Wed 17 July 2019
By Jayne He
With the trade war between the U.S. and China escalated over the past few months, the positions of the two countries and their major trade partners, and the impact the trade war brings to the current multilateral trading system are being discussed actively.
The Co-director of UNSW Law’s Herbert Smith Freehills China International Business and Economic Law (CIBEL) Centre Associate Professor Heng Wang recently has been reached out by mainstream media in both China and Australia to comment on the trade war between the two giants and the related issues.
In the article ‘Why Asia-Pacific nations don’t want to take sides in the US-China trade war at the G20’, published on South China Morning Post (SCMP) on 24 June, Associate Professor Wang argued that it would not be easy for Australia to choose a side in this trade war, as Australia is a traditional ally of the U.S. whilst a key business partner of China.
“Australia has a close relationship with the United States, while China is a major trading partner of Australia. However, the positions of the United States and China are significantly different regarding trade and other governance issues,” he told SCMP, “[Australia] may not want to choose a side.”
Associate Professor Wang has studied extensively on China-related international economic law and business law topics. He made some profound comments on the trade war in one of his most recent papers “How May China Respond to the U.S. Trade Approach? Retaliatory, Inclusive and Regulatory Responses”, which provided a framework for understanding China’s responses.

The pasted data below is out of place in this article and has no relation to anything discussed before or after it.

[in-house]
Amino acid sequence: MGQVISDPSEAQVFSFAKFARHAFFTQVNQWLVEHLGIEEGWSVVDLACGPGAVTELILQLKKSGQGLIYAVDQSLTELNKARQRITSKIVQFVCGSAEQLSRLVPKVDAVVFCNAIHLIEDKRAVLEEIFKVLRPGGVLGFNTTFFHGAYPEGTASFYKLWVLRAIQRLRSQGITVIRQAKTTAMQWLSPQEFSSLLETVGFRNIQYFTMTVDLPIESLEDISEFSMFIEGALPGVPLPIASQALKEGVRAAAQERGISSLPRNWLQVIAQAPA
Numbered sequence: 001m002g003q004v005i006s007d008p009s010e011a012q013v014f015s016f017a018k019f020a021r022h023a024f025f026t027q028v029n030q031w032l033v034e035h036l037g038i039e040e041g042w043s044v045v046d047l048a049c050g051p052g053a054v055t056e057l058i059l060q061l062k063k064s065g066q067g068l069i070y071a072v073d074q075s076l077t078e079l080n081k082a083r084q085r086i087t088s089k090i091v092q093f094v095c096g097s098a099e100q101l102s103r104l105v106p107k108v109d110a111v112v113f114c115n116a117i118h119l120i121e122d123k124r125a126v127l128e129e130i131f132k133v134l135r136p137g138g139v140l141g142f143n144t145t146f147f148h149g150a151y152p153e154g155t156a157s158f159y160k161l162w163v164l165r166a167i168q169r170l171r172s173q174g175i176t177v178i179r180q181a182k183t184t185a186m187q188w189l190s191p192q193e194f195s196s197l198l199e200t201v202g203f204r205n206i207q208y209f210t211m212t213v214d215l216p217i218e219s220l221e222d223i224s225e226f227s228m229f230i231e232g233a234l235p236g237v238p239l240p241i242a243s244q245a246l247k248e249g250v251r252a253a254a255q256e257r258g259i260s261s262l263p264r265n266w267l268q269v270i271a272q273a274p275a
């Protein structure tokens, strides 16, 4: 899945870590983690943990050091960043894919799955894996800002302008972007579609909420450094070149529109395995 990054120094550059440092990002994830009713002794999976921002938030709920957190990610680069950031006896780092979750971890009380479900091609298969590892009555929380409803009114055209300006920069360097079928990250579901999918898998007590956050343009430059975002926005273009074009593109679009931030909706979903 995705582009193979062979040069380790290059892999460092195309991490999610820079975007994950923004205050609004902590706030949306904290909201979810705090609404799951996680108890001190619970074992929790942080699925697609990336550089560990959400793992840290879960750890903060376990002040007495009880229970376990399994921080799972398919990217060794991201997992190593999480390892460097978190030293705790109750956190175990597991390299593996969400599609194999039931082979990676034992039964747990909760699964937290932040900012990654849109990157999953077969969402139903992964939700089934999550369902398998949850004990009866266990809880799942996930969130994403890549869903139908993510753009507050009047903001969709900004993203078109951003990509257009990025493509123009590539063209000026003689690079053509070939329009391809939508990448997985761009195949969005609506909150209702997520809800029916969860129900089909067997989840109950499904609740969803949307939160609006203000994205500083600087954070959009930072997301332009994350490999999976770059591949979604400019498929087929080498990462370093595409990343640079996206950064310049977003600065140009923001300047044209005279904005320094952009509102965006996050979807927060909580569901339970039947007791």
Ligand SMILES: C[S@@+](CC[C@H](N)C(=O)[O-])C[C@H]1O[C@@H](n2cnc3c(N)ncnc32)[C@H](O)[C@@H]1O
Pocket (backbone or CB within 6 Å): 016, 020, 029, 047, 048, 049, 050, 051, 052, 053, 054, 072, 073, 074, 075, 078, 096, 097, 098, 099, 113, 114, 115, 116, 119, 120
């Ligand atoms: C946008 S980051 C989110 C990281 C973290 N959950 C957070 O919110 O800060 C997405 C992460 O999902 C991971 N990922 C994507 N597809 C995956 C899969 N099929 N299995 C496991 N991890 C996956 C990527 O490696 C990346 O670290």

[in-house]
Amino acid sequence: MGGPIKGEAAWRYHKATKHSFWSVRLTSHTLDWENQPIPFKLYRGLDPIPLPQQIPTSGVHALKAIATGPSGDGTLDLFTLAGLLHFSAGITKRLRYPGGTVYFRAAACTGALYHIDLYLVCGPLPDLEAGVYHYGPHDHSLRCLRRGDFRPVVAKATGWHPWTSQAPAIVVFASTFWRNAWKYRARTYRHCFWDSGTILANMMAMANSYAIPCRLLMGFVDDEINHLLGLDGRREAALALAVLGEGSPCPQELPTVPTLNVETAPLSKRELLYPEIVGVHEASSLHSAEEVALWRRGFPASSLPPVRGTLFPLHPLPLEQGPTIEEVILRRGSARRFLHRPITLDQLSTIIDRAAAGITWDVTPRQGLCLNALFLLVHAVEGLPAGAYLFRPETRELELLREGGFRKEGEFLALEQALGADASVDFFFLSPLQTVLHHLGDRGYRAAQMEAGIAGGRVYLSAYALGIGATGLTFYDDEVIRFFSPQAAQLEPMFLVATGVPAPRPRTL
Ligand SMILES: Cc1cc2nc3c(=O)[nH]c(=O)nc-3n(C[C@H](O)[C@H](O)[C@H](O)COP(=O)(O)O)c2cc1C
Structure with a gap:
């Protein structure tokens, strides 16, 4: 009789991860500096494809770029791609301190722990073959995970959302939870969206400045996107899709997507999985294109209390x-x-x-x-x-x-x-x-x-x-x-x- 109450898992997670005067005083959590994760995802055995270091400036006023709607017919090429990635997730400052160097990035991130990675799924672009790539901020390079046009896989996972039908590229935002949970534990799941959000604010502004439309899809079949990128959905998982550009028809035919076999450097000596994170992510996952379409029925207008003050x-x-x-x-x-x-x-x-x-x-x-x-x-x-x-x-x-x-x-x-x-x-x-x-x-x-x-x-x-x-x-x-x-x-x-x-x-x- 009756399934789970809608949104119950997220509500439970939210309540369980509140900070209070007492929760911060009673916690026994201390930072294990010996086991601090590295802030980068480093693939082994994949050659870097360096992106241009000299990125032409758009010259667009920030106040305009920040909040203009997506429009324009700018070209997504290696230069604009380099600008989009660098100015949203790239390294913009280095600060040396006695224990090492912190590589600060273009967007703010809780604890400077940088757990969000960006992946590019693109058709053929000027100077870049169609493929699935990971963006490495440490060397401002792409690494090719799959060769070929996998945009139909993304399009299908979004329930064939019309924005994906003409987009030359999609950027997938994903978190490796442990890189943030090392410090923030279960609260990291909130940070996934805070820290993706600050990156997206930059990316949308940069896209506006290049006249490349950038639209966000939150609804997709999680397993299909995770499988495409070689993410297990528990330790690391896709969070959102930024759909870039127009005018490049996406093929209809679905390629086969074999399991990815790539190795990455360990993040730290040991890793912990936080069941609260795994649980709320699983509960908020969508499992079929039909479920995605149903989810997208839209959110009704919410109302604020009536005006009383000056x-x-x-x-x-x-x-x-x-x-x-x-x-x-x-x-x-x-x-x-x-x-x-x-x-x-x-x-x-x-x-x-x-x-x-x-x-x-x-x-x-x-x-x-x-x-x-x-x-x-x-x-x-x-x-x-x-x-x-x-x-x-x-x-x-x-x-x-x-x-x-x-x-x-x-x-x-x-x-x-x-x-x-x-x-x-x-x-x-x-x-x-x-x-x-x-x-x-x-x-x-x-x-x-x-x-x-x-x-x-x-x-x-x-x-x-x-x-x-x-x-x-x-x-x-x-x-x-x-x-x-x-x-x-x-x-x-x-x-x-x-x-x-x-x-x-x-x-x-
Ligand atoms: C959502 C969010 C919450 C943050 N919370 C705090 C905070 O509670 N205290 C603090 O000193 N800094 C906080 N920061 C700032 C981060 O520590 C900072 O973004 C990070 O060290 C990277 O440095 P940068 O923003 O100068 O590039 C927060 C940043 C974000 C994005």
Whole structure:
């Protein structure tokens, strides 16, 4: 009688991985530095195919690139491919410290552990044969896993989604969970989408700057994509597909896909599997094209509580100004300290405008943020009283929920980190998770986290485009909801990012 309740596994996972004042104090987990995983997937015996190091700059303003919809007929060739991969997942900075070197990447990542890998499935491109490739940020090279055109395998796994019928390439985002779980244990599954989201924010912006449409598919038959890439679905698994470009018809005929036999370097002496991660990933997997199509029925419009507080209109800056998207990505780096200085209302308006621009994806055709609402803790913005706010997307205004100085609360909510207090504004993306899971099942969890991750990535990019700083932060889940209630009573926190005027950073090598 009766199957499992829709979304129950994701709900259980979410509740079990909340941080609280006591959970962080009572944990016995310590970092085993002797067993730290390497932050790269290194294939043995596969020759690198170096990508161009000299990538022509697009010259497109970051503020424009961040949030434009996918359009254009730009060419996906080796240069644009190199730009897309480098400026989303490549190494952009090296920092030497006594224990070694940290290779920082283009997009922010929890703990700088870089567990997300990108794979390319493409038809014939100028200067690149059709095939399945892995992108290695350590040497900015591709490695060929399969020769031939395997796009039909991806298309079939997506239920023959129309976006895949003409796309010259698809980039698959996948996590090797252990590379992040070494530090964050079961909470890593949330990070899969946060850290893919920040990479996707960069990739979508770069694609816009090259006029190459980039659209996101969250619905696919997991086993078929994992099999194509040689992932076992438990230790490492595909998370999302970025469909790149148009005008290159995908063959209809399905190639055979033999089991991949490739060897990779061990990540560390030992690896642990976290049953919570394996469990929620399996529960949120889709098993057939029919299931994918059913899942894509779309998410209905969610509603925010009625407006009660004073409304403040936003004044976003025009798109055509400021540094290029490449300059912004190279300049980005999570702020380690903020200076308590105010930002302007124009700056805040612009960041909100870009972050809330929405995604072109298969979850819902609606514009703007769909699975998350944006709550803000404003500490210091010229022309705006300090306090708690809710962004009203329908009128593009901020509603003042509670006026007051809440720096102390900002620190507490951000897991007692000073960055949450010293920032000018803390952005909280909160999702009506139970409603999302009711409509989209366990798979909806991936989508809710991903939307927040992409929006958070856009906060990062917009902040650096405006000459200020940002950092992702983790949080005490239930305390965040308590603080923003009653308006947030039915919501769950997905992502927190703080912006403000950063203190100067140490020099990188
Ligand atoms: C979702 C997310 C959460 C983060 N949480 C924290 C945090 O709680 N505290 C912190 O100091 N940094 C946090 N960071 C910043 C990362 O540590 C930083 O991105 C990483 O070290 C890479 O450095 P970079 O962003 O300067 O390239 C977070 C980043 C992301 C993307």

In another article about the threats the trade war posed to the WTO, titled “'Jungle rules': Inside Australia's fight to rescue global trade”, on the Australian Financial Review (AFR) on 27 June, Associate Professor Wang advised that China has been testing with the approach of its Belt and Road Initiative, whose outcomes relied on the WTO principles.
His views are in line with his recent articles on China’s approach to the Belt and Road Initiative and China’s paradigm shift to selective innovation in international economic governance through the Belt and Road Initiative.
Most recently, Associate Professor Wang has been interviewed by the SBS on the Baoshang Bank case – the collapse of a small lender based in inner-Mongolia, which posed a potential challenge to China.
"This case illustrates the challenges of managing their debts, the stability of the smaller banks because it relies heavily on inter-bank loans, but it also reflects the challenges of managing the risks in the financial systems," Associate Professor Wang told the SBS in the article “Downfall of Chinese bank rattles Australian investors” published on 30 June.